As offshore wind moves into new markets and territories, the ability to co-exist with other industries will continue to be key to a smooth development process. Engaging with key stakeholders to agree mutually beneficial outcomes when it comes to sharing our oceans is essential.
06 Oct 2020
In many territories the interaction between fisheries and offshore renewable energy projects can be quite a challenge, especially as this industry moves further offshore and towards floating foundation technology - where mooring lines and other infrastructure in the water column can further reduce the seabed and water column available for deploying fishing gear. Fisheries often have significant influence on project outcomes and should therefore be considered a key stakeholder when seeking project approvals, particularly across Asia. Developing a protocol for co-existence with the fishing industry should be a high priority early in the project development process.
Most offshore wind projects will interact with the fishing industry in some form - understanding potential spatial overlap, and the likely impacts to their target fish species, and therefore their livelihoods, is key to identifying the best way to co-exist so that both parties interests are protected. Mutually beneficial co-existence and shared understanding is essential at an early stage to minimise risk to both parties. This is of utmost importance in countries where the fishing industry has significant influence on the permitting process.
Review of mitigation, compensation and livelihood enhancement examples applied in mature markets allows strategies to be developed to facilitate engagement with industry early in the development lifecycle - to explore potential, workable options for co-existence. Engaging with industry ensures any concerns they may have are acknowledged and they can input to the recommended measures for consideration by the developer. Working through this process can help to avoid lengthy compensation discussions which can potentially delay development, or worse, result in serious opposition from industry and the general public. In the context of the fishing industry, this is especially important in new territories where their influence is high, and they have little experience and knowledge/understanding of the offshore wind industry.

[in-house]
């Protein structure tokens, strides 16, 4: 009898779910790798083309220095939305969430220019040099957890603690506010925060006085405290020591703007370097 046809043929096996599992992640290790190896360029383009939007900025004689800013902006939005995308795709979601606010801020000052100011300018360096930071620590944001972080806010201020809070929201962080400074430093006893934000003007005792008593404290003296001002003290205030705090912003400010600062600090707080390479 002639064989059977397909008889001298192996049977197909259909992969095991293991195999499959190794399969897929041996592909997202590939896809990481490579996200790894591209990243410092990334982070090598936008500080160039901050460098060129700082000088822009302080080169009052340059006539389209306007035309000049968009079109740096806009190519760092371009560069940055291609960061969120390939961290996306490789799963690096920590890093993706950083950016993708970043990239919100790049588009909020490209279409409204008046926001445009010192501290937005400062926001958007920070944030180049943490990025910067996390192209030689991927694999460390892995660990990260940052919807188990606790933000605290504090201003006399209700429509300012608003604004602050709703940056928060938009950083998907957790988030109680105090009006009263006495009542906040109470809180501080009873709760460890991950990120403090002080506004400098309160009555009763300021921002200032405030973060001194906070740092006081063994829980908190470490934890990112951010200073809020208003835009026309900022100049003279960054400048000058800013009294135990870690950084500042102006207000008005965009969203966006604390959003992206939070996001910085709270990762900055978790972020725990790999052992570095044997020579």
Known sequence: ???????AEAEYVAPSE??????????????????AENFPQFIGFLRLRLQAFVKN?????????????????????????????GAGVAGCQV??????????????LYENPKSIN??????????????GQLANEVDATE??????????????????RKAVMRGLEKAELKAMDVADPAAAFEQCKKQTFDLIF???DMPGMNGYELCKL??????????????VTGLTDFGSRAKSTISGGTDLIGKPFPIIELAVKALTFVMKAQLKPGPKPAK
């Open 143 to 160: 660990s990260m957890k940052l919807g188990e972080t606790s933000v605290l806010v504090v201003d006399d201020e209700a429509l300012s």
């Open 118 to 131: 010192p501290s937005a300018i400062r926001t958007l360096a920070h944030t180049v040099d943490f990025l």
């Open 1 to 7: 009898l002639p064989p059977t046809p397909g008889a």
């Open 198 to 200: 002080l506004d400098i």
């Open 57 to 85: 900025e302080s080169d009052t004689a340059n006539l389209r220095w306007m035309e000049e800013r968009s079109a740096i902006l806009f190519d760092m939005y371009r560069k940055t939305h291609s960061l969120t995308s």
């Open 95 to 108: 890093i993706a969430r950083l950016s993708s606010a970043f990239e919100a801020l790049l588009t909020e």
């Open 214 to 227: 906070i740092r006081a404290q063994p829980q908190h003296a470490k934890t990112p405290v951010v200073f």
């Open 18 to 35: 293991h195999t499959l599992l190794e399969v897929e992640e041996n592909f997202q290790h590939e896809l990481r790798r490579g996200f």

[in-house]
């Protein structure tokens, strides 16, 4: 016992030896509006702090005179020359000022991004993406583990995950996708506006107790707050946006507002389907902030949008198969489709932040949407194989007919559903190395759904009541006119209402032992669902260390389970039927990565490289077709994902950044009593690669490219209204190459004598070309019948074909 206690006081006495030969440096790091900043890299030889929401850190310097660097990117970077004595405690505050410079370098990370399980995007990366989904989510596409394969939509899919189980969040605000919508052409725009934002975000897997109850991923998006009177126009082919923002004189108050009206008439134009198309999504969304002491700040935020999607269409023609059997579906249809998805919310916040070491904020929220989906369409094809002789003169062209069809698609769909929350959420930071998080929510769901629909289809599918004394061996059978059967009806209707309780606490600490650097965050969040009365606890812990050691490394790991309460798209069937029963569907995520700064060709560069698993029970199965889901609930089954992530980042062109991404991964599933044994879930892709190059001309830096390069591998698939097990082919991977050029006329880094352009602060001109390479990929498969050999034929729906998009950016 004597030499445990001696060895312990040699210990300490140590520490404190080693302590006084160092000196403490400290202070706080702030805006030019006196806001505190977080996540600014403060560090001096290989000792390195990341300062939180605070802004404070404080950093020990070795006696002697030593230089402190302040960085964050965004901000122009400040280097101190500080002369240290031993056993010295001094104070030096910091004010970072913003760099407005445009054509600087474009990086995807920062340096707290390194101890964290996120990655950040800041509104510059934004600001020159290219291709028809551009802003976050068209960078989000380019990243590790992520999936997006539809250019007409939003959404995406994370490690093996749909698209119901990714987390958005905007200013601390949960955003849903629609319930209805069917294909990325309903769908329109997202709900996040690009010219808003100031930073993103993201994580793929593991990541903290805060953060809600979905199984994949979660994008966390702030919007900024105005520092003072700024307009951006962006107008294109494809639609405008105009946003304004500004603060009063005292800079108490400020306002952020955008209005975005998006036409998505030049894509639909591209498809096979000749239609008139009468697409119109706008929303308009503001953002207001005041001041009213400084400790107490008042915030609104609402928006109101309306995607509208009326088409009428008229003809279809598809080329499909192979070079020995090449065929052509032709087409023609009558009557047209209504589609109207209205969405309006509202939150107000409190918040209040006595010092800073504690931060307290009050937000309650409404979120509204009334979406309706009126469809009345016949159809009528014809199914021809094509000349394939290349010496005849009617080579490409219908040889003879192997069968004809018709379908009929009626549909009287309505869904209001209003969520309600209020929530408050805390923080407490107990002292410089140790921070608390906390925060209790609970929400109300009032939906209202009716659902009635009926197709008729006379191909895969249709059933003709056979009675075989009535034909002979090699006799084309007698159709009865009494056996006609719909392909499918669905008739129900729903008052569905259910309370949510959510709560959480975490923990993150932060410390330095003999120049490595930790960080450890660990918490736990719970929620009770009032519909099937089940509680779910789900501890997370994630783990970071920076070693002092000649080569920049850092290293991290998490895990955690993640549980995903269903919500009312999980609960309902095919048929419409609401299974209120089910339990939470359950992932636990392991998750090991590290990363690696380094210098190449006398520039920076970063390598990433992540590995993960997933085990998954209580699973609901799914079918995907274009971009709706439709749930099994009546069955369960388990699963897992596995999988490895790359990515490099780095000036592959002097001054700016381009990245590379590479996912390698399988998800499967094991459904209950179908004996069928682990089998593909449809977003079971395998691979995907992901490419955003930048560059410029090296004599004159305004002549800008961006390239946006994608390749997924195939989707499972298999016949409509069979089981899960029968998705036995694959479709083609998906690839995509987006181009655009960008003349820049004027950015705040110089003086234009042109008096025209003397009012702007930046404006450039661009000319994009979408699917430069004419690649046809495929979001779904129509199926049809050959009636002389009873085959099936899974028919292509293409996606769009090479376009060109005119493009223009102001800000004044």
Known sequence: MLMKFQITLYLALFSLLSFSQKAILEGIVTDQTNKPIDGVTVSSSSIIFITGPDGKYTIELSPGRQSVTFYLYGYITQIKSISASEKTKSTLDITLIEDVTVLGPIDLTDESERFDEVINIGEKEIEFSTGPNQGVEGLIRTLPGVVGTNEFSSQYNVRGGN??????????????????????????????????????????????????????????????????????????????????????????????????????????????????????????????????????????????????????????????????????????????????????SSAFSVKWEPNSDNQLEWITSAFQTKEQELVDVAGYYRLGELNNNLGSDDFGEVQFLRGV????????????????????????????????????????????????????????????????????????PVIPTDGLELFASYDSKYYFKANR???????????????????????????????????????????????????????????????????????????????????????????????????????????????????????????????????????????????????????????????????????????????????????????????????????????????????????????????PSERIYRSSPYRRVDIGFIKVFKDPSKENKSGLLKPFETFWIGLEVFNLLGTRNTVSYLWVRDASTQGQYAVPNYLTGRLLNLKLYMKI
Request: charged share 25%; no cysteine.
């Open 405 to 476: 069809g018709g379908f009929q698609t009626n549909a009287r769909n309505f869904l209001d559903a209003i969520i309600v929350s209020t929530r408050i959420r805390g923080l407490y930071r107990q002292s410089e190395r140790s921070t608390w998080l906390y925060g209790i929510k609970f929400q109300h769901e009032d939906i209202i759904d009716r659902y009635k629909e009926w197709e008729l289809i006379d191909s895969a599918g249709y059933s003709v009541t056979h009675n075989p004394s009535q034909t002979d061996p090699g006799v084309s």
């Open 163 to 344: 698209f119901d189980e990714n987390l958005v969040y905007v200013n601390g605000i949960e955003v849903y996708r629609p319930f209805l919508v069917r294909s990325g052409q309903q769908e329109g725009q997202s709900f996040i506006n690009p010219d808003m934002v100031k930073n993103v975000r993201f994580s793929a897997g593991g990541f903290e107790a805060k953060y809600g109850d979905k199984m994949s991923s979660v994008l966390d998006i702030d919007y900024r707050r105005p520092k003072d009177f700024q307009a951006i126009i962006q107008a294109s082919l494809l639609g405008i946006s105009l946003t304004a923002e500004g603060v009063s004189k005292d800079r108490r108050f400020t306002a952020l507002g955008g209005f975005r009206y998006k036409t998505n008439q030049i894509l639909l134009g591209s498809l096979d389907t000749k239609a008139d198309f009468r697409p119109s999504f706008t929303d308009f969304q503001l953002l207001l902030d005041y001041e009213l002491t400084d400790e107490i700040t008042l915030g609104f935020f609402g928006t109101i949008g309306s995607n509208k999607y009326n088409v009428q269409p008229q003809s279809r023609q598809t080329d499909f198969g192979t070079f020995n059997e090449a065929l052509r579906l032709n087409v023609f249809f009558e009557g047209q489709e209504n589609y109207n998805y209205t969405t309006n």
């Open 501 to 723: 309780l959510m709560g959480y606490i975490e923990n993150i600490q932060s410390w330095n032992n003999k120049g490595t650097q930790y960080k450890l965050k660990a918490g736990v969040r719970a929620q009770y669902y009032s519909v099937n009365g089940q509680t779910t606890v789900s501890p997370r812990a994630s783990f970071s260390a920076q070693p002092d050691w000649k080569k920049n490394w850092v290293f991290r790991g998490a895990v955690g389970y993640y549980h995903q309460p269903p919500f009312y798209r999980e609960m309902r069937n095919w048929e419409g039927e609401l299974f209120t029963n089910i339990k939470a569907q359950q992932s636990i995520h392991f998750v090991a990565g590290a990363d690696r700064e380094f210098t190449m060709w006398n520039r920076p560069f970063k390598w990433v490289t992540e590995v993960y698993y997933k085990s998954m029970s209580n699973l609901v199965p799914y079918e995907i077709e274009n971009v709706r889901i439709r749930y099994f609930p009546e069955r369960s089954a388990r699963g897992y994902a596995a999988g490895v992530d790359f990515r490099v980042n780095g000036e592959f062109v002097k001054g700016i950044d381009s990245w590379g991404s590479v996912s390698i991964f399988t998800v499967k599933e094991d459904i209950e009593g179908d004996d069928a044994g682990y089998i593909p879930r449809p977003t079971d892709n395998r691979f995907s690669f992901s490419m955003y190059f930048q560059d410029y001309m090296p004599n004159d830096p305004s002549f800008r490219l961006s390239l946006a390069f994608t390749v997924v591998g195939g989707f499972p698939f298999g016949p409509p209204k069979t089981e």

Our experience of the UK offshore wind industry clearly demonstrates that co-existence is possible through the development of several livelihood enhancement and community funded activities, which when employed effectively, minimise disruption or potential impact. When delivering projects in the developing markets of Asia Pacific and the Americas, this knowledge and understanding enables us to apply the learnings early in the permitting process, dramatically de-risking project development.
For more information on how we can support you to develop workable solutions with industry, contact Adam Payne at firstname.lastname@example.org
RPS facilitated international client visits to UK Offshore wind farms early in 2020 (pre-COVID) - this included meeting with local fishing industry representatives to discuss the measures that have been successfully employed to allow mutually beneficial co-existence.
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